Police in the United Arab Emirates have accused a close ally of the leader of the Russian province of Chechnya of masterminding the assassination of Sulim Yamadayev, a former Chechen military commander.

Yamadayev was shot on March 28 in the car park of a luxury seaside apartment block in Dubai, one of seven emirates that make up the UAE.

"The leads in the case indicate that a top official in the Chechen government named Adam Delimkhanov, who is the deputy prime minister in Chechnya, is the mastermind behind Sulim Yamadayev's assassination," Lieutenant-General Dhahi Khalfan Tamim, the Dubai police chief, said on Sunday.

Delimkhanov, a member of Russia's lower house, is considered a close friend and part of the inner circle of Ramzan Kadyrov, the president of Chechnya, who enjoys Moscow's backing.

Kadyrov has dismissed through a spokesman any suggestion that Yamadayev's killing was linked to him.

Score settling

Tamim said Chechen authorities have not co-operated with the investigation, and that "Russia is also responsible for untying the knot of this crime".

"The crime ... is 100 per cent of Chechen making and it's an operation of settling accounts (among Chechens)," he said.

Middle East
Dubai claims Chechen link to murder
Emirate's police to seek Interpol help in arresting suspects in ex-commander's killing.
Last Modified: 05 Apr 2009 20:42 GMT

Dubai police have detained two people in connection with the killing of Yamadayev on March 28 [EPA]
Dubai police say they will seek Interpol's help in arresting three suspects on the run [AFP]
The attack was carried out with a Russian-made gold-coloured handgun, Dubai police said, showing the media a picture of a weapon and a pair of black gloves.

The police said they were holding two suspects in connection with the killing and would seek an international arrest warrant for four others, including Delimkhanov.

The suspects, Mahdi Lournia, an Iranian, and Makhsud-Jan, a Tajik, were being held for questioning while the other suspects had fled to Russia, Tamim said.

None has been charged.

"It's very clear to us that the assassination of Sulim Yamadayev is a purely Chechen operation, which indicates settling scores in the UAE," Tamim said.

Suspect's response

Delimkhanov told Russian news agencies that he would co-operate but said the investigation was flawed.

"The announcement of the Dubai police chief is a provocation and is aimed at destabilising Chechen society," he was quoted by RIA-Novosti as saying.

"The police were unable to conduct a quality investigation. ... I am prepared to co-operate with the investigation into this crime and will answer all concrete questions. However, I will demand accountability for this clear slander as the law dictates."

A source at the public prosecutor's office in Moscow said that whatever the outcome of the investigation, Russia would not extradite any Russian nationals should there be any such request.

Chechen renegade

Russian analysts say Yamadayev's killing death removed one of the last remaining powerful opponents of Kadyrov's increasingly strong control over Chechnya.

A former Chechen separatist, Yamadayev switched sides in the late 1990s and became the commander of Vostok, an elite battalion with reputed links to Russia's powerful military intelligence agency, which fought the rebels.

Kadyrov has dismissed any suggestion that the Dubai killing is linked to him [GALLO/GETTY]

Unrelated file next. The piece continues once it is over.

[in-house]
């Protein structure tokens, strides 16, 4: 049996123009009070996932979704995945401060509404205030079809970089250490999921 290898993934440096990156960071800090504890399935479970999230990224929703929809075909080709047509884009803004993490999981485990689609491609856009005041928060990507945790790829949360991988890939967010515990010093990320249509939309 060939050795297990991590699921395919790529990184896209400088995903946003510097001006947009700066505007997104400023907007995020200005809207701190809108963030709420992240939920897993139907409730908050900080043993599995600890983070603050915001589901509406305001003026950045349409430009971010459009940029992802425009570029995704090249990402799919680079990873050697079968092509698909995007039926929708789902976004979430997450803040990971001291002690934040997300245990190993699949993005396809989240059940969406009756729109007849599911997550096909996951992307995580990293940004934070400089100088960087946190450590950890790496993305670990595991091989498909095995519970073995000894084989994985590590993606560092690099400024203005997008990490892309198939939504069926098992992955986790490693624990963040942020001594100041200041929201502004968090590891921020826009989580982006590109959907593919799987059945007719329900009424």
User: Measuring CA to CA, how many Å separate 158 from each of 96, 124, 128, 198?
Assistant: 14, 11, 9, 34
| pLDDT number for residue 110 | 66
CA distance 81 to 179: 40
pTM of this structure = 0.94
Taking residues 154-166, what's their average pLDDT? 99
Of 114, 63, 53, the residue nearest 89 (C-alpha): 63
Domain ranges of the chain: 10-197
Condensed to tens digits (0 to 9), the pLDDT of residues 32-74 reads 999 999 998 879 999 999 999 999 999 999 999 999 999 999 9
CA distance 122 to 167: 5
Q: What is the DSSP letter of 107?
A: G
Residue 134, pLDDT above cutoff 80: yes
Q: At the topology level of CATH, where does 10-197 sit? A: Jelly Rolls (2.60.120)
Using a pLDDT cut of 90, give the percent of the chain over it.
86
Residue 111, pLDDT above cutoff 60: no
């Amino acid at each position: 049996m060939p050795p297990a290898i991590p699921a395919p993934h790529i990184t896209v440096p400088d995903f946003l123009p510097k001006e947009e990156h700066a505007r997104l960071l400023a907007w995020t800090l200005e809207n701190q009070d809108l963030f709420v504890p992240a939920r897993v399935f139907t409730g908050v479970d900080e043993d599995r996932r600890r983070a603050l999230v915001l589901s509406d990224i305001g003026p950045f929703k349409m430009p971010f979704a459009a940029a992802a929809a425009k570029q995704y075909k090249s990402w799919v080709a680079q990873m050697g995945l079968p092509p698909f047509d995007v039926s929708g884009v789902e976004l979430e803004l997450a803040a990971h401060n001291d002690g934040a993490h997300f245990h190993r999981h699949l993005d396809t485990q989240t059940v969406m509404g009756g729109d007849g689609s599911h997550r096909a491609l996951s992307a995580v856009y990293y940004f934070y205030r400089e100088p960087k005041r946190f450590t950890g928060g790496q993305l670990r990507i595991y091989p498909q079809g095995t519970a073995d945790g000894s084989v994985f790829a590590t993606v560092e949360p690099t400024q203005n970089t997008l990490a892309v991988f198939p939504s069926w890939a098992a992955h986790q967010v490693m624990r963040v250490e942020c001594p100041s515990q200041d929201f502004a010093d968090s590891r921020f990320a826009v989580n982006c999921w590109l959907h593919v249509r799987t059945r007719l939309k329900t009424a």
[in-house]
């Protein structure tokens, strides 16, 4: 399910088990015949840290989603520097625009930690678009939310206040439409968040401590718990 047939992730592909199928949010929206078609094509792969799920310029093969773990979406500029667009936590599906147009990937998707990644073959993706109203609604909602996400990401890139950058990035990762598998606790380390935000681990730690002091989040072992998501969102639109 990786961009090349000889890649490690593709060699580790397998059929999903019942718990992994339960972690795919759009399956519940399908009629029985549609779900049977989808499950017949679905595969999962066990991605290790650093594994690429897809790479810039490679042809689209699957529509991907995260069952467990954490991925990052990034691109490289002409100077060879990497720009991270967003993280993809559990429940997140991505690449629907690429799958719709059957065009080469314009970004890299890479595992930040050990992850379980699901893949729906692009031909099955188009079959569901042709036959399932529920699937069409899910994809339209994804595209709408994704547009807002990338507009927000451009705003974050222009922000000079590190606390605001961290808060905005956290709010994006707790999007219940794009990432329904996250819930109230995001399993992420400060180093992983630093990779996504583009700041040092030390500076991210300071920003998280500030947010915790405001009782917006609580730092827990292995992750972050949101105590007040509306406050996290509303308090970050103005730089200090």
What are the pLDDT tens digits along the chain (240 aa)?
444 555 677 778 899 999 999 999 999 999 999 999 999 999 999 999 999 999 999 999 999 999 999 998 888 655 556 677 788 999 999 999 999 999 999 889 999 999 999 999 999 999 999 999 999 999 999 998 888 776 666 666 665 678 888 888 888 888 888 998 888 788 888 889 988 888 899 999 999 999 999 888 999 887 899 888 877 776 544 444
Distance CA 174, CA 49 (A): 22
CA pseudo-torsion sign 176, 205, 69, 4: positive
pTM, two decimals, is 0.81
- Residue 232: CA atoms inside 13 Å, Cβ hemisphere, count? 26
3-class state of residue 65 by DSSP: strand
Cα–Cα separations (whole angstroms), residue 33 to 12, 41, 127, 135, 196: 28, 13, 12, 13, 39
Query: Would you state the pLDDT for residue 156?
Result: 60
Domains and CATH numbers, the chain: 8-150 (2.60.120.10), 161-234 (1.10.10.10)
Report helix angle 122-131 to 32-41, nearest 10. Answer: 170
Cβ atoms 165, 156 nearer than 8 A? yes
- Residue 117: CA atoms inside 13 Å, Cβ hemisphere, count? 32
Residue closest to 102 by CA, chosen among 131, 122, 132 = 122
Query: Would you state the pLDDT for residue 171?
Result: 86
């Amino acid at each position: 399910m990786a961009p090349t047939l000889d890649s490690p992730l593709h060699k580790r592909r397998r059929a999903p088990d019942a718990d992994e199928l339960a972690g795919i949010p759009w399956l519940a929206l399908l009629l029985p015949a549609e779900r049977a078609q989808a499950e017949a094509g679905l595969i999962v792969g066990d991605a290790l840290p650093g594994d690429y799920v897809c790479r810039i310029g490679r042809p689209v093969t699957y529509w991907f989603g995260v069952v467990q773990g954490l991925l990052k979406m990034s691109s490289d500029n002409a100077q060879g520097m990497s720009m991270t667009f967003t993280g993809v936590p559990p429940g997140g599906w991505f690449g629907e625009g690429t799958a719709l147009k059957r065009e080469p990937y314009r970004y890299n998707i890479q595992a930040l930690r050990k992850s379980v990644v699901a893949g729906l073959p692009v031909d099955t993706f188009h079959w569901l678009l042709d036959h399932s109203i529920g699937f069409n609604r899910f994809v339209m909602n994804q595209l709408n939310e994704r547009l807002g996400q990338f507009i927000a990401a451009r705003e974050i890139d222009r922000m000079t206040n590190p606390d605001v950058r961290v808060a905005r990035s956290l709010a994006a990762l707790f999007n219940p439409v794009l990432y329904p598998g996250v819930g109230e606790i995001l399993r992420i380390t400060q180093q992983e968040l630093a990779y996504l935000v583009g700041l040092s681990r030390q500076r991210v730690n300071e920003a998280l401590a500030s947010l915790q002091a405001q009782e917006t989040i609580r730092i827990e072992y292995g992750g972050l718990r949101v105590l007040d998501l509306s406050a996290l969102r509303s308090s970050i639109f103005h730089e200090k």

He was honoured with Russia's highest decoration, the Hero of Russia award.

Yamadayev was dismissed from the military late last year amid rivalry with Kadyrov, and Russian police issued an arrest warrant against him over the kidnapping of a Chechen businessman in 1998.

Yamadayev and his family left Russia after his brother Ruslan was shot and killed during a busy afternoon rush hour in September just steps away from Russia's main government building in Moscow.

Kadyrov worked as the head of his father's security force, which was accused of kidnapping, sadistic torture and murder.

After his father was killed by a bomb in 2004, power passed to Kadyrov.

String of killings

Vladimir Putin, then Russian president and now prime minister, has embraced the younger Kadyrov.

But Yamadayev's killing in Dubai is the latest in a string of assassinations targeting Kadyrov's opponents in and outside Russia.

Some have been shot dead on the streets of Moscow, including Anna Politkovskaya, a famous Russian journalist, whose death in 2006 shocked the world.

In January, a former bodyguard of Kadyrov was shot dead in Vienna, the Austrian capital, after filing a criminal complaint against him in June 2008, accusing him of torture.

Kadyrov has denied any involvement in the killings.

Topics in this article
Featured on Al Jazeera
Your chance to be an investigative journalist in Al Jazeera’s new interactive game.
An innovative rehabilitation programme offers Danish fighters in Syria an escape route and help without prosecution.
Street tension between radical Muslims and Holland's hard right rises, as Islamic State anxiety grows.
Take an immersive look at the challenges facing the war-torn country as US troops begin their withdrawal.
Private citizens take initiative to help 'irregular' migrants, accusing governments of excessive focus on security.
Indonesia's cassava plantations are being killed by mealybugs, and thousands of wasps will be released to stop them.
Violence in Ain al-Arab has prompted many Kurdish Syrians to flee to Turkey, but others are returning to battle ISIL.
Unelected representatives quietly iron out logistics of massive TPP and TTIP deals among US, Europe, and Asia-Pacific.
Led by students concerned for their future with 'nothing to lose', it remains to be seen who will blink first.